A review of Everything to Lose: A Novel by Andrew Gross.
The Art of Neil Gaiman by Hayley Campbell (Harper Design, $39.99, 320 pages)
Neil Gaiman describes his work as making stuff up and writing it down.
Where to begin? The perfect biographer, the physical book (a large one), the captivating stories and their history coalesce to provide the fortunate reader with the feeling of truly experiencing Neil Gaiman. Audrey Niffenegger, author of the ghost story Her Fearful Symmetry and fellow Brit, sets the mood for Hayley Campbell’s thorough exploration into the evolution of Gaiman, to date.
If there is one thing that characterizes Gaiman as a writer (and McKean as an artist for that matter), it’s that he likes to keep moving on, a habit that was no doubt born during his time as a journalist and seeing writers being trapped in boxes from which they can never escape.
I’m a relative newcomer to the world of Neil Gaiman. The only work of Gaiman’s that I’ve read – and it happened in one sitting, is The Ocean at the End of the Lane. The provocative little novel piqued my curiosity. Who would write in this style and what sort of person are they in everyday life?
Biographer (and model) Campbell establishes her bona fides by explaining that she met Gaiman in 1992 when she was just six years old. He was a houseguest and, based on her dad’s enthusiasm at the visit, she knew he was special. Oh, and he was the author of her favorite childhood story. Their friendship has continued to the present. Campbell had free run of the vast archive of his work, mostly stored in the attic of his home.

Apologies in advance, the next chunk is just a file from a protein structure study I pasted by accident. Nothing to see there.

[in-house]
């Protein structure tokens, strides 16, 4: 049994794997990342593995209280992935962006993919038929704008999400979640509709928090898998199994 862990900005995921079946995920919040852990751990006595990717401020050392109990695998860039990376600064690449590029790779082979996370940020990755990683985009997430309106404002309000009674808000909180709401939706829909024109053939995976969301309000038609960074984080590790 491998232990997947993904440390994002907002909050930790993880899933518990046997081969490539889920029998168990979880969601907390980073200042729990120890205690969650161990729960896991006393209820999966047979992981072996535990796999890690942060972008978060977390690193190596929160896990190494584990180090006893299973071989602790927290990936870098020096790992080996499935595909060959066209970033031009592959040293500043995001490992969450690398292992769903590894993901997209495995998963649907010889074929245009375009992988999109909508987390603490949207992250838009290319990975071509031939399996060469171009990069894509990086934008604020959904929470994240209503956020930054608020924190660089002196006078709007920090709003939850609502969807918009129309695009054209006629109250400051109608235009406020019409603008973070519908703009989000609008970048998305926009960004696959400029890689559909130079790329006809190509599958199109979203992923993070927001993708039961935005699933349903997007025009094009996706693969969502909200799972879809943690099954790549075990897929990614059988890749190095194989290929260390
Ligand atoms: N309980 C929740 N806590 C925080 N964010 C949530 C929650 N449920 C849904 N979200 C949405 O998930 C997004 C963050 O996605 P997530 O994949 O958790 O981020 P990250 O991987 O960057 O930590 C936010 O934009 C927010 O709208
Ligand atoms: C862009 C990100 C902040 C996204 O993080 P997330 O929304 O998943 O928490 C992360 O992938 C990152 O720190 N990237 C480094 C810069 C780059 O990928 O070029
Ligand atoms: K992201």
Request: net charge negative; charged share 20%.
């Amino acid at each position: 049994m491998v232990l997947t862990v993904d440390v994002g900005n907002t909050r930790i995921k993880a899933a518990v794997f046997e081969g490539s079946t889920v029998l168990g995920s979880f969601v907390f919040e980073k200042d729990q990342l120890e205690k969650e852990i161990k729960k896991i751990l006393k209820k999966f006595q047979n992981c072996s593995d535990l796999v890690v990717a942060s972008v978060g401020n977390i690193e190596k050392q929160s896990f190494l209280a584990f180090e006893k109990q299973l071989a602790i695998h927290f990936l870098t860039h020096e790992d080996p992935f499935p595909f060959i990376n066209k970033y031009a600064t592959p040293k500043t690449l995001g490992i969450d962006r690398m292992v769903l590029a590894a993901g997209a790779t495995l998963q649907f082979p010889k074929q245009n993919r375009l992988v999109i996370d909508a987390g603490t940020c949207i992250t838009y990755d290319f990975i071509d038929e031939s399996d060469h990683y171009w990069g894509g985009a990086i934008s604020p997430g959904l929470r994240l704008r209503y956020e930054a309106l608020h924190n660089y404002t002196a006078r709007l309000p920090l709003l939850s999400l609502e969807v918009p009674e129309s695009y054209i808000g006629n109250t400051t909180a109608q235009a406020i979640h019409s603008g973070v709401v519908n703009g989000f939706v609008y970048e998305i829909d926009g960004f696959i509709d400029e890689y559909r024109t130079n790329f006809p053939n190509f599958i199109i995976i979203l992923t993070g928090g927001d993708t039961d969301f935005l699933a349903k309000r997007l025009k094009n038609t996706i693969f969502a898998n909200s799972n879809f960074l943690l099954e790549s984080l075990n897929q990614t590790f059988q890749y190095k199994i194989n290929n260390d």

The Art of Neil Gaiman is appropriately named. Gaiman made conscious and sometimes not-so-conscious decisions to become a writer. At times he took odd assignments to provide himself with food and shelter. Regardless of the job outcomes, it is clear that Gaiman searches for the lesson and value in his experiences. As a writer for magazines, he learned to quickly produce a finished piece. His habit of taking notes of ideas as they occur to him has provided him with a wealth of material.